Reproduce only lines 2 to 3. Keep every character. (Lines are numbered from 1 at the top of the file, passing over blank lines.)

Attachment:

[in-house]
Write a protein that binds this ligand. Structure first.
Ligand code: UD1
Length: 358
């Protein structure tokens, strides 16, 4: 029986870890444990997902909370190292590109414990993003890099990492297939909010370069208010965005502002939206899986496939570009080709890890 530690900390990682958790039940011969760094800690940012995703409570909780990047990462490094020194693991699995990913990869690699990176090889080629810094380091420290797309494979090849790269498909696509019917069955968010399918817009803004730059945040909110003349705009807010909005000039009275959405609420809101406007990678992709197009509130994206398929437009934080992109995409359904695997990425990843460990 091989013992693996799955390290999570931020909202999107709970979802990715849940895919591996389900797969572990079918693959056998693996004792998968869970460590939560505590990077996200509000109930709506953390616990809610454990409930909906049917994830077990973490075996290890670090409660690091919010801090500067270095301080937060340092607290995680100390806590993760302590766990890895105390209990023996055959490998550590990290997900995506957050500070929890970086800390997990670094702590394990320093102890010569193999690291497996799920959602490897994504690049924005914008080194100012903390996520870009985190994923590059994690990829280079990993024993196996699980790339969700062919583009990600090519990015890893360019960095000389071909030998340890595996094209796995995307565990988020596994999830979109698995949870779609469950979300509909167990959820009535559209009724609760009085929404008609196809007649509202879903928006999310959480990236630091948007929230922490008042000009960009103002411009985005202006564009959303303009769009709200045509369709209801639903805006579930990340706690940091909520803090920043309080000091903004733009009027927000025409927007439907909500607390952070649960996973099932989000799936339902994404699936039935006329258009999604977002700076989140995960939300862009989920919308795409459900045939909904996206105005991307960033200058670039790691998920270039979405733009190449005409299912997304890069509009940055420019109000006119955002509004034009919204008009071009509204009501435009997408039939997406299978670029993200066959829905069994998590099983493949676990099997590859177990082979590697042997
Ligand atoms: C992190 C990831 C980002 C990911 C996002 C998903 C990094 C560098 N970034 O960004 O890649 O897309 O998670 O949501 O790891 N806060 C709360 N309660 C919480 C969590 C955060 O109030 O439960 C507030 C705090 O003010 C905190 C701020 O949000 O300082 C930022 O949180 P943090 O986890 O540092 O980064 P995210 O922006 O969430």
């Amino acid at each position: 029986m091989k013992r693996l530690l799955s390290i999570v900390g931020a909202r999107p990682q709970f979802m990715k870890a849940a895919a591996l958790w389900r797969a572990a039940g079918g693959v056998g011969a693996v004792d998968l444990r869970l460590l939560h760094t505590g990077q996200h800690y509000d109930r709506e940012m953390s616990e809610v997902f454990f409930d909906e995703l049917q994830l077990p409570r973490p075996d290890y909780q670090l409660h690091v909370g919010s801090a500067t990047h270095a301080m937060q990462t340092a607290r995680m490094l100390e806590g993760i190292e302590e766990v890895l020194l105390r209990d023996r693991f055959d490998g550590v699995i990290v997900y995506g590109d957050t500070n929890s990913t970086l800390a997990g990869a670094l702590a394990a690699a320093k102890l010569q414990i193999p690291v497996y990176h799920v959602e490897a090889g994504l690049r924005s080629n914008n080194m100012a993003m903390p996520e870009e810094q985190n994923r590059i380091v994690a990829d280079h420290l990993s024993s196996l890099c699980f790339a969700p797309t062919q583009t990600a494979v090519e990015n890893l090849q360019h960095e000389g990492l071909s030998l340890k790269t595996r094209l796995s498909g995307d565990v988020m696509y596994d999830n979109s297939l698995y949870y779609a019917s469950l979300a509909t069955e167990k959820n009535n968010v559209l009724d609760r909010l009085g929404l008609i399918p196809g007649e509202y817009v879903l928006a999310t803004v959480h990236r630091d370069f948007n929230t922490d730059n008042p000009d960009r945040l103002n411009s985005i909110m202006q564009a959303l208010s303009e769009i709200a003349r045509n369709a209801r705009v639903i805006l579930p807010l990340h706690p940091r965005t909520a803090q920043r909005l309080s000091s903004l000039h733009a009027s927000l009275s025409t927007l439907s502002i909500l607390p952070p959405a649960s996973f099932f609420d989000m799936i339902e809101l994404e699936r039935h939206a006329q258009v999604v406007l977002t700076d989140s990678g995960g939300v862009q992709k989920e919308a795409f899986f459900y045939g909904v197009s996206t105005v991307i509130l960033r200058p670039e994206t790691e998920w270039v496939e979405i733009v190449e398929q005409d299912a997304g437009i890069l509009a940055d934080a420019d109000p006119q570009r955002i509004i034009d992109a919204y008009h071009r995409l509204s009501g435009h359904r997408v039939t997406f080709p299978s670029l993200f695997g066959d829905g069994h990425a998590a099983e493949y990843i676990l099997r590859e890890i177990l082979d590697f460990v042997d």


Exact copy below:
Write a protein that binds this ligand. Structure first.
Ligand code: UD1